About a year ago I read my first Jennifer Chiaverini novel, The Quilter's Homecoming. This book is actually the 10th in a series and because I enjoyed it so much I went back and started reading from the beginning. I blame Mrs. Chiaverini for a narrow scope of reading last year instead of my usual variety, but it was a wonderful year spent with new quilting friends. In fact, I would say that because I read this series I went out into my new town and found a quilt guild, in hopes of, in some small way, sharing in the camaraderie that I found within these novels. (Now I feel better for reading one series in one year.)
I just finished book 19 (out of 20) and found it to be one of the most interesting reads. It was a good story, one that I would recommend, but she used a writing technique that I found captivating. The Quilter's Homecoming was published in 2007 and Sonoma Rose in 2012, however, both share the same story line from two different characters' points-of-view.
The Quilter's Homecoming follows Elizabeth, cousin to the matriarch of the series, as she embarks on life in California with her new husband. It was a fantastic book and I enjoyed it immensely. Elizabeth befriends a Spanish woman named Rosa who is being abused by her husband. He runs the local post office out of their home so there are several interactions between Elizabeth and Rosa. In the end Elizabeth is instrumental in helping Rosa change her circumstances.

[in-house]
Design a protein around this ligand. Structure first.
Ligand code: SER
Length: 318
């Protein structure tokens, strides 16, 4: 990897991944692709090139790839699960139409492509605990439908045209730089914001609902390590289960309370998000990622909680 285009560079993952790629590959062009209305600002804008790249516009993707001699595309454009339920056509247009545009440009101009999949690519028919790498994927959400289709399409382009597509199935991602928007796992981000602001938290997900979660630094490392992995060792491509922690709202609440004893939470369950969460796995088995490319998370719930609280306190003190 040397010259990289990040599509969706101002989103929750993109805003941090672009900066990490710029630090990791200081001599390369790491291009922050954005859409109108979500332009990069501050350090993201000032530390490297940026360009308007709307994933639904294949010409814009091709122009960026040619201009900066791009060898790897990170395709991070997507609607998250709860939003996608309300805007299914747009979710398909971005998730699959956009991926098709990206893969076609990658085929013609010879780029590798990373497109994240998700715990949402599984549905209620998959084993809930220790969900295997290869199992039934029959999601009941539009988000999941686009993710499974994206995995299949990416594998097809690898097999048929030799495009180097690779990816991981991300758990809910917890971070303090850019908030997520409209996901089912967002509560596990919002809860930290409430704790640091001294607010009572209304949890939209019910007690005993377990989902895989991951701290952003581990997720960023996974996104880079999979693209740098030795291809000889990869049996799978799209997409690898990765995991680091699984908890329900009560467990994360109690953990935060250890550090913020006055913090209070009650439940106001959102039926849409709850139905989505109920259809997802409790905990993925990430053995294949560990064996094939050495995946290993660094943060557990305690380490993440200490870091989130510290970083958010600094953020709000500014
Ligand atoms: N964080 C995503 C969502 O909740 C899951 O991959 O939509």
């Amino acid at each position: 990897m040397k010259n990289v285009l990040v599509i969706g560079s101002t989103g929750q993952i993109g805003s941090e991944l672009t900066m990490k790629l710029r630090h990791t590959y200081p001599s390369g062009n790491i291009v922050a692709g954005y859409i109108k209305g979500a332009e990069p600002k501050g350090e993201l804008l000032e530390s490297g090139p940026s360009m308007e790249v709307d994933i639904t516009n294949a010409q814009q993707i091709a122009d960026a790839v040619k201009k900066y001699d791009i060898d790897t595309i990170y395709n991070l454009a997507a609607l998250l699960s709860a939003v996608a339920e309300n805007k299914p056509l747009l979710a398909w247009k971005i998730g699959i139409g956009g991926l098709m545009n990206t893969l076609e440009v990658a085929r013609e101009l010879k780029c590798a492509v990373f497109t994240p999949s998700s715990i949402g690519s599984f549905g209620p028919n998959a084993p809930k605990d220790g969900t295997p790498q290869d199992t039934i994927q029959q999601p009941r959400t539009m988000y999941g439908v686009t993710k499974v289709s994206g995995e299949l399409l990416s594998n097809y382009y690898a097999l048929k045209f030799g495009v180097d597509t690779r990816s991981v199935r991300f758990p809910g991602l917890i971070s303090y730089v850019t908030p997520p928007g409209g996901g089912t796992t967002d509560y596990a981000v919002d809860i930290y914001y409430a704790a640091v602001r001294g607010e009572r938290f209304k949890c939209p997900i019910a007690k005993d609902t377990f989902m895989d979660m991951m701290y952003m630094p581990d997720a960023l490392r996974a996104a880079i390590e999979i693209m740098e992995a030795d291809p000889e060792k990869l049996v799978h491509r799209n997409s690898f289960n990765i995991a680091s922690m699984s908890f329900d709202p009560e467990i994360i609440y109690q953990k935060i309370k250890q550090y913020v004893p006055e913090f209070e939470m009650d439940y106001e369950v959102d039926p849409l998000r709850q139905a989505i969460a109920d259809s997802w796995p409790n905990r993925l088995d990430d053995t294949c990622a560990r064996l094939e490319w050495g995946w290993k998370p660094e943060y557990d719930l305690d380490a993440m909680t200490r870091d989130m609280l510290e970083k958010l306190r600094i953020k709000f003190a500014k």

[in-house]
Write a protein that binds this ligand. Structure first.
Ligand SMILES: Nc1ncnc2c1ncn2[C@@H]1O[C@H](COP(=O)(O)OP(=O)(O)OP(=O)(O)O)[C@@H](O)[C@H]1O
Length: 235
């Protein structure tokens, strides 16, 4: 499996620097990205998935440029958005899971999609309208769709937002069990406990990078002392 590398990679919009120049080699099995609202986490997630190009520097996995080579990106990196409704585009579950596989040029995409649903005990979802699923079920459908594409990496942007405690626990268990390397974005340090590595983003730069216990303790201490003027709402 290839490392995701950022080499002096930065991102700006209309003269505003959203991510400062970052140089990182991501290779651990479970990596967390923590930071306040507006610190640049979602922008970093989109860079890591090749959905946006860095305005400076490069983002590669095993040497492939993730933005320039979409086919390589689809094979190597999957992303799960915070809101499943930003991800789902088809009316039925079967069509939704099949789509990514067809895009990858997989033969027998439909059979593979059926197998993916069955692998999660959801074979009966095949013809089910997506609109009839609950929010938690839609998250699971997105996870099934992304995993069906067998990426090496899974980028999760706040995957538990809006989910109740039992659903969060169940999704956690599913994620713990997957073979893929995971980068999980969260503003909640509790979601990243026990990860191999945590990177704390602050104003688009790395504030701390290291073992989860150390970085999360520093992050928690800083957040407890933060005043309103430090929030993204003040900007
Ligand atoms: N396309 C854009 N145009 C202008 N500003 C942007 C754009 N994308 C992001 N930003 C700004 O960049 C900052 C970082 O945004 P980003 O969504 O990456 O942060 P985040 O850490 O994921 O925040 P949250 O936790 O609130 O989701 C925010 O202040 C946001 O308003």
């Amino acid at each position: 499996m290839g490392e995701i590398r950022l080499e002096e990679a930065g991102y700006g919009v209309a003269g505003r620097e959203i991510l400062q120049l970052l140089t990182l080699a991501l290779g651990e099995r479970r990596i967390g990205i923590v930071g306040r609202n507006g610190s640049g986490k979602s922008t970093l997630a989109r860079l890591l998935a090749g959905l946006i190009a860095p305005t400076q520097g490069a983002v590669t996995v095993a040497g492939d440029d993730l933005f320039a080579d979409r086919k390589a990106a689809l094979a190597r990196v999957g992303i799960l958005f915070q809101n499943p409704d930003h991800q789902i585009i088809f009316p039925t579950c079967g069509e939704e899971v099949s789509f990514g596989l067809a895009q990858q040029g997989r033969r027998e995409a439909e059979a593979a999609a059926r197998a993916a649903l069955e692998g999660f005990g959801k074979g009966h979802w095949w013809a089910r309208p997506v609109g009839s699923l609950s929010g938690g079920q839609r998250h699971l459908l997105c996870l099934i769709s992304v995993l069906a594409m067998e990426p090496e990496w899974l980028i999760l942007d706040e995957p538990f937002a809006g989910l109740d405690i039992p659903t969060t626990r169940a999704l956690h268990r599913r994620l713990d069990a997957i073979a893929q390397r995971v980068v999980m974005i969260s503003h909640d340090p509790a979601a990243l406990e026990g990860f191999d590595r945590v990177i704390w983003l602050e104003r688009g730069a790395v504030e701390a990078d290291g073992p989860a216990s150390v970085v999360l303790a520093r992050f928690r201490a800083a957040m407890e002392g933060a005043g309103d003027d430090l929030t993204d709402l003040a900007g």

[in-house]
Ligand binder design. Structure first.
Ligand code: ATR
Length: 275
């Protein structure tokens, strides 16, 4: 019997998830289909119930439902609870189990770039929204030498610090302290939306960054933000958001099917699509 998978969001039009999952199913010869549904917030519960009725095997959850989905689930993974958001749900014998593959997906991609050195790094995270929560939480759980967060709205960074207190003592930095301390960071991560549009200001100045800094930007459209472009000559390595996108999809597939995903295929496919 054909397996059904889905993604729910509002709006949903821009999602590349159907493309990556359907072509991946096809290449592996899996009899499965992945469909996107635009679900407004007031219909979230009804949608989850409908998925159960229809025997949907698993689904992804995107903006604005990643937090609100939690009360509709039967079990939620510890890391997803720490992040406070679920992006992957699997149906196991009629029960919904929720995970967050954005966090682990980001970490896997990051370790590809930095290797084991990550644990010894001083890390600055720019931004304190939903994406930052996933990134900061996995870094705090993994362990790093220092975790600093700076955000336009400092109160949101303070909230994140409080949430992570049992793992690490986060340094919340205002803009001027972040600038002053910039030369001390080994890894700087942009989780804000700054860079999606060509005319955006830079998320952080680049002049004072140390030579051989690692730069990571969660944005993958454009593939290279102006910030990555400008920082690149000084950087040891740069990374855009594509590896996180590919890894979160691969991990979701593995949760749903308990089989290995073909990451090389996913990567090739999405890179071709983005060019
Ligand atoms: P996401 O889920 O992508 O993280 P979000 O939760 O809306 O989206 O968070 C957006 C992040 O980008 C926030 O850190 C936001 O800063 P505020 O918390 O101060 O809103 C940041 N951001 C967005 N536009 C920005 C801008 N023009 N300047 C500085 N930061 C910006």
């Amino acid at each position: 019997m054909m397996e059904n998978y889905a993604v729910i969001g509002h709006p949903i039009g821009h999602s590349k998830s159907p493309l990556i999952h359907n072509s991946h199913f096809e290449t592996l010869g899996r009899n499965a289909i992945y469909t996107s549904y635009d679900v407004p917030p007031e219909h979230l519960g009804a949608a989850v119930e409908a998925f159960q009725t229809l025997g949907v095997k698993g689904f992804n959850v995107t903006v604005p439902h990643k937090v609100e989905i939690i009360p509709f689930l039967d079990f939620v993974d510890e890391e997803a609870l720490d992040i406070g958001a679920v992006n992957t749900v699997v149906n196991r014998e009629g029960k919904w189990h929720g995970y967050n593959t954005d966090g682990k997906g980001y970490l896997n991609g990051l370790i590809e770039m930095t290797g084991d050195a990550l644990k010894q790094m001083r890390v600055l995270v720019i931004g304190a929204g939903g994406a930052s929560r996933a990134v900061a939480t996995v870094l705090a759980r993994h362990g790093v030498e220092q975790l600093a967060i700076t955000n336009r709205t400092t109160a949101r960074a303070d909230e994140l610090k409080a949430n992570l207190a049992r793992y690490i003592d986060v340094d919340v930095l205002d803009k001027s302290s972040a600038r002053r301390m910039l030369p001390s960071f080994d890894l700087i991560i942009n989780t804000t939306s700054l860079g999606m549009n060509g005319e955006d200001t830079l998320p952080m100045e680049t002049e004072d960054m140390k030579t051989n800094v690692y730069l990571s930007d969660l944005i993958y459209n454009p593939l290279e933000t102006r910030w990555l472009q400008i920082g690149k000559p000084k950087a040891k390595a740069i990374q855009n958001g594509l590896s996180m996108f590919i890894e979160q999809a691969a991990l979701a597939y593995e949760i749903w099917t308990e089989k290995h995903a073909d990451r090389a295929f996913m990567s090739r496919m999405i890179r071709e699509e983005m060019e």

Five years later...we embark on the same story inside the post office via Sonoma Rose. Elizabeth is coming to visit Rosa, our main character. It was a little strange at first and I wondered where the author was going to take the story. Mrs. Chiaverini flawlessly filled in the back story and we then followed Rosa into her new life, full of suspense and surprises.
I shared this story writing technique with my son who hopes to be a writer someday and he was fascinated that she pulled it off so convincingly. After thinking about the difficulty of writing a "fresh" story from two perspectives I was thoroughly impressed. Mrs. Chiaverini pulled it off and I enjoyed the second even more than the first, probably because I knew what was going on just down the road, so to speak.
Mrs. Chiaverini is a wonderful writer, but when she pulls in historical elements, whether it be the Civil War or the Roaring 20's, she is a masterful story-teller. I have one more book to read, The Giving Quilt and I'm a little sad that I will not have a Chaiverini novel waiting for me on the shelves when I'm done with it. I do have a variety of books that I'd like to get back to, but I will miss my quilting friends and their ongoing story.
If you are looking for light reading, whether you are into quilting or not, I highly recommend The Elm Creek Quilters series. I think you'll make some new friends along the way, as well.
My favorites: The Runaway Quilt, The Quilter's Holiday, The Aloha Quilt, The Union Quilters and Sonoma Rose.
My least favorites: Circle of Quilters, The New Year's Quilt, The Quilter's Kitchen.
You can find all you want to know about Elm Creek here.
BTW, Jennifer Chiaverini has written a new book outside of the series, Mrs. Lincoln's Dressmaker.